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YAkha
Student Ambassador
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Benchmarking algorithms on Intel Xeon Gold (DevCloud)

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This post is regarding benchmarking algorithms on the Intel Xeon processors.

Performance of Classic Matrix Multiplication Algorithm on Intel® Xeon Phi™ Processor System | Intel®...

I have been attempting to reproduce the benchmarks as provided in the code from the article above. Specifically mmatest1.c from the zip file attached in the article. One observation I have is that there is a considerable warm-up time which leads to big overhead on the first algorithm being benchmarked. (In this case, the cblas_sgemm function.)

16 loop counts are often not enough to offset the thread 'warm-up' time. I am not sure what the correct terminology for this would be.

  1. Can anyone confirm this? When benchmarking, is it better to give a 'warm-up' kernel to the threads?
  2. Where can i read up more on this?
  3. Can anyone also suggest the best way/algorithm/function to access sub matrices of size (MxM) from a larger matrix? 

To review my code, kindly refer to: GitHub - akhauriyash/XNOR-Nets: An OpenMP parallelized implementation of XNOR kernels.

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TimP
Black Belt
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Not knowing whether you are looking for something applicable to all Intel CPUs, yes, we can confirm that the Intel Xeon Phi KNC was particularly slow in setting up data structures the first time (easily an extra half second or so the first time).  Rather than run a large number of repetitions and average the fast and slow iterations, you may consider the typical tactic of running 1 or 2 iterations for warm-up before running the timed code.  Any CPU is likely to incur more last level cache misses the first time a data region is entered, so you must consider whether you want to include these in your benchmark timing (if possible) or exclude them.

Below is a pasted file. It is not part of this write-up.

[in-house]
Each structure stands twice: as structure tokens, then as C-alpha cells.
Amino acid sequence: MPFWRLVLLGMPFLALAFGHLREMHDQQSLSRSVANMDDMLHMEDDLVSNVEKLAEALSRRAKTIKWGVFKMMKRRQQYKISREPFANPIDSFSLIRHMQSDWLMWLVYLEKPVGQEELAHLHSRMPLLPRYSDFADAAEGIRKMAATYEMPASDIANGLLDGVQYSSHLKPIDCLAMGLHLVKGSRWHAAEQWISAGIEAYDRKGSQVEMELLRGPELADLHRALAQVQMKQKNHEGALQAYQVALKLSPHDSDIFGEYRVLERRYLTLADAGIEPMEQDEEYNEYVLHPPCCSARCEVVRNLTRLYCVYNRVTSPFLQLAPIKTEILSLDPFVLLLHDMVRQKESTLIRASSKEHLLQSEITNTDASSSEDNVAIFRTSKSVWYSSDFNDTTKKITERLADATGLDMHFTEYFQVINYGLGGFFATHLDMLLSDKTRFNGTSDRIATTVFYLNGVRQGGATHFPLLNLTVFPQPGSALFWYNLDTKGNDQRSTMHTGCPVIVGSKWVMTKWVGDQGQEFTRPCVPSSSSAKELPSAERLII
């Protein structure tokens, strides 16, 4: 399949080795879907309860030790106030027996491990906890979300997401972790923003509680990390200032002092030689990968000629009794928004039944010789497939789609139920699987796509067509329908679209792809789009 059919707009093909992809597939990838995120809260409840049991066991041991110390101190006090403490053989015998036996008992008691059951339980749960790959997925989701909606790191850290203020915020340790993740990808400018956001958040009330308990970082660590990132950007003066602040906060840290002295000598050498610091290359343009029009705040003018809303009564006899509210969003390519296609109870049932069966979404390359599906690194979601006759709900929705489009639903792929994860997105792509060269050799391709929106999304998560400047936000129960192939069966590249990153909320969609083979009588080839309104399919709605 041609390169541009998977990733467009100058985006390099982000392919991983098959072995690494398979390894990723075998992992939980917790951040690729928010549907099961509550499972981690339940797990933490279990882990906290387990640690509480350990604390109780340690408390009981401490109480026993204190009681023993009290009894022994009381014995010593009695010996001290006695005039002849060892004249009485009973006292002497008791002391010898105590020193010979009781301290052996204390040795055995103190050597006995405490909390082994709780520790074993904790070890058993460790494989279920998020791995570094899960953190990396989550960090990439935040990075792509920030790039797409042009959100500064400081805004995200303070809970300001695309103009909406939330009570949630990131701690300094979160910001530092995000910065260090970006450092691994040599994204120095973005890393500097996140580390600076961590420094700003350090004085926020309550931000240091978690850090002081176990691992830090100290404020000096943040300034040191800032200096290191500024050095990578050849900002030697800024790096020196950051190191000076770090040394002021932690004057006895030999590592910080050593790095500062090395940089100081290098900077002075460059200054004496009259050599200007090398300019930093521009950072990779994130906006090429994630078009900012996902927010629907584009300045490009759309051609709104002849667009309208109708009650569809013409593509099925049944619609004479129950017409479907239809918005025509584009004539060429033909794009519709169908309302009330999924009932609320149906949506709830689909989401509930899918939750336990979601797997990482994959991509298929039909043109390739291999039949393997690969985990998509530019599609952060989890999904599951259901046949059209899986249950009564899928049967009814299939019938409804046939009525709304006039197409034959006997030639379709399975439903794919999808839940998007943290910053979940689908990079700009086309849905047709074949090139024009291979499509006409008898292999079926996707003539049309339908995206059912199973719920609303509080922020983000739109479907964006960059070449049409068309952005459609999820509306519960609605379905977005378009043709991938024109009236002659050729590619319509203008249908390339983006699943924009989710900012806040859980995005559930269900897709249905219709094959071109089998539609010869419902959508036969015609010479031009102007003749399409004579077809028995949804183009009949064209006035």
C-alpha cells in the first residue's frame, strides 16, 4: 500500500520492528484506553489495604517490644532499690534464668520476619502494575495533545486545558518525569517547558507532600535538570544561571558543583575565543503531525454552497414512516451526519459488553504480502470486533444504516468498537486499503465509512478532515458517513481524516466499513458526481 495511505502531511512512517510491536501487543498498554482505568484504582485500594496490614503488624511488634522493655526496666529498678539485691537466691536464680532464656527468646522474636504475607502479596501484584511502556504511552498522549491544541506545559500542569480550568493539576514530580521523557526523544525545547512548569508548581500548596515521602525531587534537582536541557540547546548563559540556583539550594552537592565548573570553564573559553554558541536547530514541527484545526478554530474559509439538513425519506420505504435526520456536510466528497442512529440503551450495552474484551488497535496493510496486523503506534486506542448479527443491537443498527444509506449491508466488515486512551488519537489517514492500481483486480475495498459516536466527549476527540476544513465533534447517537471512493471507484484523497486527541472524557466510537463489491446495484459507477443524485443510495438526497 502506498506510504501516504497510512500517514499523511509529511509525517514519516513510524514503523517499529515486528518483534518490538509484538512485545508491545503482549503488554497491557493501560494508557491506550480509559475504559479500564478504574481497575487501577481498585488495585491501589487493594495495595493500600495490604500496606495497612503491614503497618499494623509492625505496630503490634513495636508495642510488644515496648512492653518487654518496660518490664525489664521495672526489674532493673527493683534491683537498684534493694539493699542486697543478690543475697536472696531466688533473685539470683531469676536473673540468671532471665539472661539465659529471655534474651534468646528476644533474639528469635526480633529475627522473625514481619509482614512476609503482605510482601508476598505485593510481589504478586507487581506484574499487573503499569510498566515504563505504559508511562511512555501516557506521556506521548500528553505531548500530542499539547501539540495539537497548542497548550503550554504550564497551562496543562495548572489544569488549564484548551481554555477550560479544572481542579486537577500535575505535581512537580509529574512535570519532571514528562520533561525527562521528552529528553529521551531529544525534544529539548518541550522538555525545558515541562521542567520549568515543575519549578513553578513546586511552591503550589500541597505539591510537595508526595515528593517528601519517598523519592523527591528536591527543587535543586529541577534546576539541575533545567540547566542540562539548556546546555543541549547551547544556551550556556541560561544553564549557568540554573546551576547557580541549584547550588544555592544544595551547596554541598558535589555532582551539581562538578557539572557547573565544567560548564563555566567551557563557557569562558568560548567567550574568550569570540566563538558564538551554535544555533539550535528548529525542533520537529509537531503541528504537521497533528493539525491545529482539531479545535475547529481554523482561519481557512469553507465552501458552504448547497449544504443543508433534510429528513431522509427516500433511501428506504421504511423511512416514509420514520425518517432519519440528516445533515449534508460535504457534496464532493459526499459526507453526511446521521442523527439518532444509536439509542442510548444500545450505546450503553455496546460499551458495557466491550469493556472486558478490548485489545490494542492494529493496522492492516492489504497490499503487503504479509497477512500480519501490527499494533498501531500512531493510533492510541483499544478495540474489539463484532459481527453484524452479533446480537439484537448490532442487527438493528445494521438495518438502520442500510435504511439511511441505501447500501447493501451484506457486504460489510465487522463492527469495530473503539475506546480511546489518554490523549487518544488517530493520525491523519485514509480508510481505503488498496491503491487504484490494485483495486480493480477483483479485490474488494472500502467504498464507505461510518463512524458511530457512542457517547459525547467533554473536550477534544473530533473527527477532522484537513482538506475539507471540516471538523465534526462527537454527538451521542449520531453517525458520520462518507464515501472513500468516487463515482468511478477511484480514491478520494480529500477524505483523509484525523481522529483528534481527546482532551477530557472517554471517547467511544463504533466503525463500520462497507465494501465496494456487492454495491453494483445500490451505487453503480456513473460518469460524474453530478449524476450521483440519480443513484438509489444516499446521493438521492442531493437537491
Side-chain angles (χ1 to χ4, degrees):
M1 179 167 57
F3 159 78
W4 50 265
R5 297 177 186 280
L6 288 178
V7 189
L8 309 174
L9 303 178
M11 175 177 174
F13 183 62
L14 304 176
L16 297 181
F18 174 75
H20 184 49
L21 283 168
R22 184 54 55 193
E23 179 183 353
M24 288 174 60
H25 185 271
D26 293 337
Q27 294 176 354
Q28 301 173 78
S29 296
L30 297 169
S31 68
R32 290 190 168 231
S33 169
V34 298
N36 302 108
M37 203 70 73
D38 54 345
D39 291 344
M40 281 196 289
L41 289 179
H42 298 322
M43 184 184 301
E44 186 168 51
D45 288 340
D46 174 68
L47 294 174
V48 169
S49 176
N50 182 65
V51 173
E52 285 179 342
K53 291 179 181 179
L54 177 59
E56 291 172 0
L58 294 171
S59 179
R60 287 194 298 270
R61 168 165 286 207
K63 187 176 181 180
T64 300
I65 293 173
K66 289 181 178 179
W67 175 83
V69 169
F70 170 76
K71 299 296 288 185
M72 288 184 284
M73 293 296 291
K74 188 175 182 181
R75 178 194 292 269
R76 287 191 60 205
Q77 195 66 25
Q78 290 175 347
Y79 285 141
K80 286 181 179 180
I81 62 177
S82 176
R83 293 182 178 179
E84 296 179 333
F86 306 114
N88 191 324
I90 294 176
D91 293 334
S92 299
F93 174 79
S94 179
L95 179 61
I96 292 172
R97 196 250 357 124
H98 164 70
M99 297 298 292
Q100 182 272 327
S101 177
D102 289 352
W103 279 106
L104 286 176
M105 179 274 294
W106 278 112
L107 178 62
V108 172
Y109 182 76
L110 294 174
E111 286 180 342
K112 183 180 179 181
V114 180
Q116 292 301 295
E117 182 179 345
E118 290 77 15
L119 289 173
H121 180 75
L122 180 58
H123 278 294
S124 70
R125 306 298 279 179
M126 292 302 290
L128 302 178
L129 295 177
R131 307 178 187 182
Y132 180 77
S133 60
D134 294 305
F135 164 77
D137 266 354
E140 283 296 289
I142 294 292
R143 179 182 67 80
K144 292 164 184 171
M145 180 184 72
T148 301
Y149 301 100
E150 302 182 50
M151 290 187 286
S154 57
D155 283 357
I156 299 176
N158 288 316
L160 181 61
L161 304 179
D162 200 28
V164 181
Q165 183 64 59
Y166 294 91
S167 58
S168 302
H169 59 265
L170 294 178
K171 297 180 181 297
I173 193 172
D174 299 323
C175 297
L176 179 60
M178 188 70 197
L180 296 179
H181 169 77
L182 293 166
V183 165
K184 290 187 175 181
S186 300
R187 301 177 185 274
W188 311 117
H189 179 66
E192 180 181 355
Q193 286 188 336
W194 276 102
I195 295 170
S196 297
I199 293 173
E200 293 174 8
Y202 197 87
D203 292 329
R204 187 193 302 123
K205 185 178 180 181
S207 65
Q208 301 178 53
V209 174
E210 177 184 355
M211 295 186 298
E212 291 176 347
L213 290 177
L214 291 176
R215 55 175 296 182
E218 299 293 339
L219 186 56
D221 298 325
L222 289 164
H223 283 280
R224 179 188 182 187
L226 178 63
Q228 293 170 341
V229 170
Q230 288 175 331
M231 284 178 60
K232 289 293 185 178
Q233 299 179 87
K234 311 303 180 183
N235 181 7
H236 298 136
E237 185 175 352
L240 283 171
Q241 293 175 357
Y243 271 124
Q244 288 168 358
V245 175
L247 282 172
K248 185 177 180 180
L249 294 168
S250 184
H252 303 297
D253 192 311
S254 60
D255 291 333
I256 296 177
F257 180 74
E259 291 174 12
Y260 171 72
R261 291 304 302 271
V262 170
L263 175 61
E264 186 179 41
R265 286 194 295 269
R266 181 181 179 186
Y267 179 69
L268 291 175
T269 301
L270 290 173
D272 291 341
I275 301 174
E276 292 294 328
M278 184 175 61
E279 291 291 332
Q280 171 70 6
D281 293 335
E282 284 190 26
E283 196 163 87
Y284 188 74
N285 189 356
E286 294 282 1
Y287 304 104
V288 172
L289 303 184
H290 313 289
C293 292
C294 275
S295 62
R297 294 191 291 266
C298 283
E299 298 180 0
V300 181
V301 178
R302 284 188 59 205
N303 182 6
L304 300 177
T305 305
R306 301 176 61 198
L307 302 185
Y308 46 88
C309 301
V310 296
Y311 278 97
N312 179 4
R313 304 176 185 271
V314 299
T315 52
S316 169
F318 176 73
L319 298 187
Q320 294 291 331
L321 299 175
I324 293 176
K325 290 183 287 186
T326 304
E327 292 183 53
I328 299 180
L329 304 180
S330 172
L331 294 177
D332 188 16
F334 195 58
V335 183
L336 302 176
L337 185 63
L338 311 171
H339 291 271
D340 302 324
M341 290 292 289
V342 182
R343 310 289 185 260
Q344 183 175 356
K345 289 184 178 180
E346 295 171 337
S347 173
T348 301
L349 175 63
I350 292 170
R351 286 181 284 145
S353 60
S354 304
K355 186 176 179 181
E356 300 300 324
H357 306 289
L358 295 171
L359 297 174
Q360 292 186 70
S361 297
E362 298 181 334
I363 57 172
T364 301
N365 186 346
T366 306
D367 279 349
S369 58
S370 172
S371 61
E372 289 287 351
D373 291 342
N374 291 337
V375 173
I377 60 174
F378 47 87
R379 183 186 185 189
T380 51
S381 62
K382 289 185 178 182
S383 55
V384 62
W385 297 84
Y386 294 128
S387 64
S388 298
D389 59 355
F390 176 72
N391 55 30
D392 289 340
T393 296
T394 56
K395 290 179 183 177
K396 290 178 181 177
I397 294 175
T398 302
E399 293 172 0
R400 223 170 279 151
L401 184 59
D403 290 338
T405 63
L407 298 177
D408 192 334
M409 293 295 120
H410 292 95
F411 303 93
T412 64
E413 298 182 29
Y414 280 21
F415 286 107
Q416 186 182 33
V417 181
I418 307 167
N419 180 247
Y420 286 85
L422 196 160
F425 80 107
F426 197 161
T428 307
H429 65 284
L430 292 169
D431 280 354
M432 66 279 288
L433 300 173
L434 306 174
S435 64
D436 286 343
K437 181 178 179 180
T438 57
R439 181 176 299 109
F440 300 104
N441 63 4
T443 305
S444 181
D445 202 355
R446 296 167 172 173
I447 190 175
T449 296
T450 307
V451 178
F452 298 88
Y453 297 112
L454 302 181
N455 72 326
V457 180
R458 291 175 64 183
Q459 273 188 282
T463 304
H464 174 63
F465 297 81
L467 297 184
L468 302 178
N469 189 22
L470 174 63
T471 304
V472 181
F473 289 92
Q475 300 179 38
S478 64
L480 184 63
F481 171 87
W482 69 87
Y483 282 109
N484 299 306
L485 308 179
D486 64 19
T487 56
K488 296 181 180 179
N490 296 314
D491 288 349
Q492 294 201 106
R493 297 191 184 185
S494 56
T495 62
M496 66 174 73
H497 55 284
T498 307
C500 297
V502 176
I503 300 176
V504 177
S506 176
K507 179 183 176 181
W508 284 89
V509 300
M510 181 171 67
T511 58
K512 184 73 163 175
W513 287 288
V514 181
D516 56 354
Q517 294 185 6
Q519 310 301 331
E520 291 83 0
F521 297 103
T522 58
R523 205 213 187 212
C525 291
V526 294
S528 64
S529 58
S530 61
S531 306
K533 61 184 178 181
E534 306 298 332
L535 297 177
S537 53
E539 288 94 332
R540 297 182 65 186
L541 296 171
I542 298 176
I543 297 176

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TimP
Black Belt
104 Views

Not knowing whether you are looking for something applicable to all Intel CPUs, yes, we can confirm that the Intel Xeon Phi KNC was particularly slow in setting up data structures the first time (easily an extra half second or so the first time).  Rather than run a large number of repetitions and average the fast and slow iterations, you may consider the typical tactic of running 1 or 2 iterations for warm-up before running the timed code.  Any CPU is likely to incur more last level cache misses the first time a data region is entered, so you must consider whether you want to include these in your benchmark timing (if possible) or exclude them.

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